Application programming interfaces enable information systems to communicate and transfer data among each other. Depending how it is configured, an API can enable a system to send or retrieve data that can update an individual’s record or provide collective data that can be used to create reports. An API also can send information from one system to another.
A healthcare provider organization, for example, can input a patient’s information into a system that works with insurance companies and nearly automatically determine the patient’s coverage for a specific procedure or medication. That is enabled by an API.
APIs have a big part to play in health IT interoperability in the years ahead, especially as the data exchange rules of the 21st Century Cures Act encourage their standardization and proliferation across the healthcare ecosystem. Here, some API experts point the way forward for APIs and describe where they can be of most help.
The story behind healthcare APIs
Interoperability, at its core, is a reflection of the healthcare industry’s need to coordinate care for patients across an increasingly large subset of players in a way much better than it currently can, said Jeff Becker, senior analyst, healthcare strategy, at consulting giant Forrester Research.
“Prior to EHRs, interoperability was managed through phone calls and fax machines,” he noted. “For example, physician practices would call the local hospital to schedule an elective procedure, fax the patient’s chart over, and then coordinate pre-surgical screening for the patient. On the morning of the surgery, the patient’s paper chart would have a copy of their presurgical test results alongside a history and physical examination performed by the surgeon in the days or weeks leading up to the procedure.”
Today, this use case has significantly expanded in complexity. Health systems may be running one EHR in the office, a second in the hospital, the anesthesiology department may be leveraging a third, and before the patient even leaves the OR, their vital clinical data is spread across a multitude of disconnected data silos.
“It goes without saying that APIs have closed the gap in many ways on how information is sent, retrieved and processed.”
Jay Bercher, Solutions By Design II
“When that patient rolls into the recovery unit, even today, the full clinical picture of what has happened to the patient thus far is not always clear,” Becker explained. “At discharge, this patient may go to an inpatient rehabilitation unit, a skilled nursing facility, or home under the purview of a home health agency or a remote monitoring program, further fracturing the full, end-to-end clinical story of this patient’s encounter into more data silos.”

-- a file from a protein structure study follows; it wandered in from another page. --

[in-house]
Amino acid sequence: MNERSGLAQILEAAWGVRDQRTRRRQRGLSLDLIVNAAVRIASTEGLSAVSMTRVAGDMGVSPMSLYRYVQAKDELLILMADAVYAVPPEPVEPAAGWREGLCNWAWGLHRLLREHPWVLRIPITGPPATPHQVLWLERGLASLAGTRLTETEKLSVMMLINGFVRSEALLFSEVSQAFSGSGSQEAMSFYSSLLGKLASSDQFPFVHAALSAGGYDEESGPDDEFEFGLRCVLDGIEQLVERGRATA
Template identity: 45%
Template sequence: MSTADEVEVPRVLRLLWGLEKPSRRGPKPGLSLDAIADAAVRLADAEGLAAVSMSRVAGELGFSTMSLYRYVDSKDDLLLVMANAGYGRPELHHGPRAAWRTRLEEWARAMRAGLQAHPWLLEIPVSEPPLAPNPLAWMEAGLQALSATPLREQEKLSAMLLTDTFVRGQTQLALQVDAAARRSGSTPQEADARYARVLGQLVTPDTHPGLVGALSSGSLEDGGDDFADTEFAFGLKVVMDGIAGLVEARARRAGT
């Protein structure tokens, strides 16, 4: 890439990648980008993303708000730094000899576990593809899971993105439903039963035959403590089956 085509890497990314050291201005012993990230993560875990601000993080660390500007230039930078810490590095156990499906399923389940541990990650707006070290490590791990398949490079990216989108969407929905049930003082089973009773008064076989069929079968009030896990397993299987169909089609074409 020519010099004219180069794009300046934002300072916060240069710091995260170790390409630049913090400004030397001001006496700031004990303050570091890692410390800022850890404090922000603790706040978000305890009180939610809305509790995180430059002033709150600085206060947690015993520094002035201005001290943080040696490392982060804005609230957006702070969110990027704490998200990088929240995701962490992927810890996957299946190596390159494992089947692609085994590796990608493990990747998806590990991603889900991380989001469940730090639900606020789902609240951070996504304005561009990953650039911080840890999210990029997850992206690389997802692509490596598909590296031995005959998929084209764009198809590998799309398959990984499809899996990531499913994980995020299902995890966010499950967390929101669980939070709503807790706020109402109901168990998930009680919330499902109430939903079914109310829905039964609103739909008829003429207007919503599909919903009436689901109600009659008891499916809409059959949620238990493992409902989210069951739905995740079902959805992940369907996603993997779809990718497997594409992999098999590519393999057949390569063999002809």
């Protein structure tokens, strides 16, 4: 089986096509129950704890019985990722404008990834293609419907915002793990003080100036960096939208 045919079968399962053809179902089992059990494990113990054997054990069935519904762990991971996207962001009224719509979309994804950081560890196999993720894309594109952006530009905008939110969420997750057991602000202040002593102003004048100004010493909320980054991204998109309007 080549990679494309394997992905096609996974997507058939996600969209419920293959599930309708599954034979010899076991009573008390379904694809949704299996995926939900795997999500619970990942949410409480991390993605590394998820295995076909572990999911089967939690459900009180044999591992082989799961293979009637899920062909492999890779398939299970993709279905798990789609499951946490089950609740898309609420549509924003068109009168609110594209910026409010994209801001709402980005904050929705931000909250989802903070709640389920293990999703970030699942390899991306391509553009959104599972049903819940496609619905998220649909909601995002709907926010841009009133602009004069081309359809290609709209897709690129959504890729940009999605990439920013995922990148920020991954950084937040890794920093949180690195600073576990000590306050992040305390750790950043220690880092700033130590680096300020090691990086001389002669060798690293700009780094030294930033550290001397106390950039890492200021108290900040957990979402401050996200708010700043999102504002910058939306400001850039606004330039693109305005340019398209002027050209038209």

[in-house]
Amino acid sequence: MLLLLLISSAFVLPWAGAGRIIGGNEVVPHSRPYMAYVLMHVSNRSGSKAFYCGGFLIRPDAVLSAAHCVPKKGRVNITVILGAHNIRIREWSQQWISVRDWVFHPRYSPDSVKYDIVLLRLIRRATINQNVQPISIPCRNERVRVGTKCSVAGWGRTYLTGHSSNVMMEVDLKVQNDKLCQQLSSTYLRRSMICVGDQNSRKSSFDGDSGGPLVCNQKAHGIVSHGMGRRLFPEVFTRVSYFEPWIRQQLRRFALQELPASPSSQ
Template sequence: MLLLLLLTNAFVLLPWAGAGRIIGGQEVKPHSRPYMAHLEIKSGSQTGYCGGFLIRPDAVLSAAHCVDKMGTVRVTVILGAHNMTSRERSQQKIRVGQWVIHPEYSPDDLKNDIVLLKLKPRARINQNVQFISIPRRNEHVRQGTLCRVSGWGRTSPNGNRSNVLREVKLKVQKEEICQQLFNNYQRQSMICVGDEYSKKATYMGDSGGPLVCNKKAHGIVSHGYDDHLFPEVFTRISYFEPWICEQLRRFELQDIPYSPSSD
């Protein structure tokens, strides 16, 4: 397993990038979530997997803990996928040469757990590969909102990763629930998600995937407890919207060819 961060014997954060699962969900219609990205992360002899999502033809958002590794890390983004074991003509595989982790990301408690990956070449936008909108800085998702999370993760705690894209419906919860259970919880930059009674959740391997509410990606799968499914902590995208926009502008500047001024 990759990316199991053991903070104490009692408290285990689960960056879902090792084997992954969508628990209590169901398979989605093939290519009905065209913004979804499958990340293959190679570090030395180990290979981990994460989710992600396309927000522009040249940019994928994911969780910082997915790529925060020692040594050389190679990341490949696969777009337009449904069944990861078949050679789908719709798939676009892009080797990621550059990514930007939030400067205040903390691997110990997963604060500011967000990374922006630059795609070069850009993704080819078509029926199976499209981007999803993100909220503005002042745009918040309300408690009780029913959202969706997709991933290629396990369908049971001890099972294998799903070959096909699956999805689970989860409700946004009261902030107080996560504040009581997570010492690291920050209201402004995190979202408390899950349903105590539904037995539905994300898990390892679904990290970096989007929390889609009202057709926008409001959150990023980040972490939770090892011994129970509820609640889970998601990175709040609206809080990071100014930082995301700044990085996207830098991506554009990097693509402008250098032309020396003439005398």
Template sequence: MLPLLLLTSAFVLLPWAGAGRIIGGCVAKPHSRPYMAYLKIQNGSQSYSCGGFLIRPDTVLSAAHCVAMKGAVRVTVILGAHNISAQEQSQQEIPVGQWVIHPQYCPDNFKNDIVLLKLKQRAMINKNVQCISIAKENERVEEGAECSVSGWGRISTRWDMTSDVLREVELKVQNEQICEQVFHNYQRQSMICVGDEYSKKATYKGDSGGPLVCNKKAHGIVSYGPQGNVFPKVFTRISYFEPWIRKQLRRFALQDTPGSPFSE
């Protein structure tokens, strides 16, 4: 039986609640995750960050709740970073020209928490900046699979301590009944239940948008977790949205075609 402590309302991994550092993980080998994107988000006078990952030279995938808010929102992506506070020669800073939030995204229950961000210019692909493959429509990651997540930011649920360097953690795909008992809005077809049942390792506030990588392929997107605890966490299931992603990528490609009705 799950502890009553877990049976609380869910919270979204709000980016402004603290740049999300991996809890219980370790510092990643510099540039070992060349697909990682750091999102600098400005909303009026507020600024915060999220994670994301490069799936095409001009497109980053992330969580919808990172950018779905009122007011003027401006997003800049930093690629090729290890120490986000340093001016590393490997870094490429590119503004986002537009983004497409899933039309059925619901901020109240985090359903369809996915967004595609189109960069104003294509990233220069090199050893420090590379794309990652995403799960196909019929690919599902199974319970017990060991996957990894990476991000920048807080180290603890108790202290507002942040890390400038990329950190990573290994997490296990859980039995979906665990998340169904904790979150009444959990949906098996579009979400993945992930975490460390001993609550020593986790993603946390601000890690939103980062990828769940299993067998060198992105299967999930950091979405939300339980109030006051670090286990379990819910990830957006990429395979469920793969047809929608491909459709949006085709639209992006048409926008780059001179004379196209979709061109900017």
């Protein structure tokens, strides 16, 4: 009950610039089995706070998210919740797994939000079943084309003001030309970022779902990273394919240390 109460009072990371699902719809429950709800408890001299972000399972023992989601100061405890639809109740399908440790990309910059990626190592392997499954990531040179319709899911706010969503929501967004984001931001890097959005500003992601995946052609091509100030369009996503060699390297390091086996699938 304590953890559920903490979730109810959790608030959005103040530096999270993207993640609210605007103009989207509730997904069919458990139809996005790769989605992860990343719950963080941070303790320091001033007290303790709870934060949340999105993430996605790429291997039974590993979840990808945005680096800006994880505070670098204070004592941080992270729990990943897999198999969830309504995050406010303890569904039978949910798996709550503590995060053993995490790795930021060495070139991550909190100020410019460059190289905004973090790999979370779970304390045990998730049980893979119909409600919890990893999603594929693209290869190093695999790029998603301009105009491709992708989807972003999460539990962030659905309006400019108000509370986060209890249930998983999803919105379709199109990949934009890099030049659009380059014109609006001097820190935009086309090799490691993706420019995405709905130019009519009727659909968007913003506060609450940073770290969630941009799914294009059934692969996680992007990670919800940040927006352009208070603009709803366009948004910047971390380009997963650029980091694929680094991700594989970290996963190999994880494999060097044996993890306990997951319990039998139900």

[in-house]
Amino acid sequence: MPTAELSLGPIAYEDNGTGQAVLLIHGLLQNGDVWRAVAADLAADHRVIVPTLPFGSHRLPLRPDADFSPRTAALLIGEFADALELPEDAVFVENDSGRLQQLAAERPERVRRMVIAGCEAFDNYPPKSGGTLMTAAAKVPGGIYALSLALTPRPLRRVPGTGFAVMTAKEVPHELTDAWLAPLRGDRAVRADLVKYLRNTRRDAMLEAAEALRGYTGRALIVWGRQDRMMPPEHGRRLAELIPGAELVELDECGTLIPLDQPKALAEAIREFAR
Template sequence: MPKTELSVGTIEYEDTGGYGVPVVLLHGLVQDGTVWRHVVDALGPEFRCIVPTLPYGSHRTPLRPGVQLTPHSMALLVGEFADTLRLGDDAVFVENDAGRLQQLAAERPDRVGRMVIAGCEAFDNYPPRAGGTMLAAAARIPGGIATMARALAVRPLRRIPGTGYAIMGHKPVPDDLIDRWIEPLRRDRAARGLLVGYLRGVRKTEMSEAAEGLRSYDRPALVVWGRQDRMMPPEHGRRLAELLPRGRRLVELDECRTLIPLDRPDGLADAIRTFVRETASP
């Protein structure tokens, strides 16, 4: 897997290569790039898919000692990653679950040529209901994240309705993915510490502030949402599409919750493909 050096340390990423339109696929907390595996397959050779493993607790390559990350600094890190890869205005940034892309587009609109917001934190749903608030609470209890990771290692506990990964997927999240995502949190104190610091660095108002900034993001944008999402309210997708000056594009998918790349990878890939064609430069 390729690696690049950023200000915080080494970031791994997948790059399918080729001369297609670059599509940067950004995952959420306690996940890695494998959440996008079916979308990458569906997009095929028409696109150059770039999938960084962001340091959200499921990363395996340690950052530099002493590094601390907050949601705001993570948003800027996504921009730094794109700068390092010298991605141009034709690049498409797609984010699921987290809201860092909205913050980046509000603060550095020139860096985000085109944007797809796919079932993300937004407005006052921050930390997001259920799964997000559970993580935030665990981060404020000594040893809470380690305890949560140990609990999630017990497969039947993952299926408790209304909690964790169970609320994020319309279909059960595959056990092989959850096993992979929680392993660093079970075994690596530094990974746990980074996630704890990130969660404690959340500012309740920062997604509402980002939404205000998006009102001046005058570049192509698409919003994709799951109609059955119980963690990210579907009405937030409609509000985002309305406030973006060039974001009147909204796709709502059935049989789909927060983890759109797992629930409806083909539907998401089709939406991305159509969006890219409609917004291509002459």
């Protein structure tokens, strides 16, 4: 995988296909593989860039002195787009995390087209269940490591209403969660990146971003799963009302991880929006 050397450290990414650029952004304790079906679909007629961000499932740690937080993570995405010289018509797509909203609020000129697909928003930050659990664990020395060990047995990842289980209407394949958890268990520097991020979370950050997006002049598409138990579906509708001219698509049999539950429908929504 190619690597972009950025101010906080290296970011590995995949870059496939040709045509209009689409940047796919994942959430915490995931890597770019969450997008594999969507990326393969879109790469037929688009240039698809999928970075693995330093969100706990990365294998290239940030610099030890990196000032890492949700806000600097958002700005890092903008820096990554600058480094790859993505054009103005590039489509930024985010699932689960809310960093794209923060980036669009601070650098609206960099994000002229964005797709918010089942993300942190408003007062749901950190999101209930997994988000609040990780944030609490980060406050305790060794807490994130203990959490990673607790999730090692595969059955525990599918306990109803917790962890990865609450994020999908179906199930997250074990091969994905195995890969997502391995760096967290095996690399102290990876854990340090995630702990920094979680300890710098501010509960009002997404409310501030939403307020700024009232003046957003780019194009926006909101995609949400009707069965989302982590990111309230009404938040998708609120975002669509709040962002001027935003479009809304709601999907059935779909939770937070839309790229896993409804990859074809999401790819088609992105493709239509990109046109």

As financial reimbursement continues to be more directly pinned to outcomes improvements and reduced readmissions, each of these post-acute healthcare delivery organizations will want a full picture of the patient story, and for that, the industry needs more robust interoperability standards, Becker contended.
“Enter APIs,” Becker said. “The FHIR API framework is a common language that all of these disparate players can use to facilitate more meaningful exchanges between these systems. A babel fish in your intergalactic cantina.”
APIs also are being deployed within business intelligence platforms to create a centralized, 360-degree view of the patient. While far from perfect, these APIs represent a framework for solving complex clinical problems, Becker contended. They also offer a space where business cases for future interoperability capabilities can be discussed and designed, he added.
One can look at APIs in another way. For example, some of the most successful technical specifications like HTTP are adopted across the developer community and all Internet-enabled apps are using the HTTP/Internet standard; it just works, said Daniel Kivatinos, COO and co-founder of DrChrono, a vendor of EHR, revenue cycle management and practice management technology.
“Healthcare should have a standardization like this at an API level,” he said. “Apps should be able to get data from any other app through a known protocol and standard. In doing so, antiquated old formats like HL7 will fall away, saving costs.”
While APIs may seem like a panacea to many interoperability problems, there are challenges to working with them, and they alone won’t be able to cure those ills.
“It goes without saying that APIs have closed the gap in many ways on how information is sent, retrieved and processed,” said Jay Bercher, deputy program manager at Solutions By Design II, an IT system modernization company that has helped the Department of Health and Human Services with application transformation and other IT services. “However, some technological gaps have appeared. As there is a lack of data standards in the industry and multiple technologies, APIs must be created custom to the need of the service it is providing for each system.”